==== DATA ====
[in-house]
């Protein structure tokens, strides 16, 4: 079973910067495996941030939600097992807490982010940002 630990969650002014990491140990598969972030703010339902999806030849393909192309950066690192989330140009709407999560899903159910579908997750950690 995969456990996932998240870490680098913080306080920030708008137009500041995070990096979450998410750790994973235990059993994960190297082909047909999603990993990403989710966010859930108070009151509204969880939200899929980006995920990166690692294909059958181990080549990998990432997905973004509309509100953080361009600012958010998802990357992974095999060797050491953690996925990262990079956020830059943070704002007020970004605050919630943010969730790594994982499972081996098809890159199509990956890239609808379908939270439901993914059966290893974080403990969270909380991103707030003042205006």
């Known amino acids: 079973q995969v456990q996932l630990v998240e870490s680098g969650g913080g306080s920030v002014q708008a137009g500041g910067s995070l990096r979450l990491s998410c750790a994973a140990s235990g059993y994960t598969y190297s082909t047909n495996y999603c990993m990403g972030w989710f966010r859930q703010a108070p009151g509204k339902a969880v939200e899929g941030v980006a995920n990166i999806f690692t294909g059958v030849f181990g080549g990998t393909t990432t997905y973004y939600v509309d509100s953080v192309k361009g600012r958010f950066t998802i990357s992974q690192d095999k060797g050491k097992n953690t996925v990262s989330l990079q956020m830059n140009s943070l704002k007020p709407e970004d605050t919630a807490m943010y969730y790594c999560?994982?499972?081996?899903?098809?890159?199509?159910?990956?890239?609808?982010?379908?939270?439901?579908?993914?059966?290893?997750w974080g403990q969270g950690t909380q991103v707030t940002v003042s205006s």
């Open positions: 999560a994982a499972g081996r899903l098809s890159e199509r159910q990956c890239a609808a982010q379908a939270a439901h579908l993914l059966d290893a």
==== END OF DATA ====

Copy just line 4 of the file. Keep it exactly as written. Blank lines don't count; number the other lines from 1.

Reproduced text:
């Open positions: 999560a994982a499972g081996r899903l098809s890159e199509r159910q990956c890239a609808a982010q379908a939270a439901h579908l993914l059966d290893a």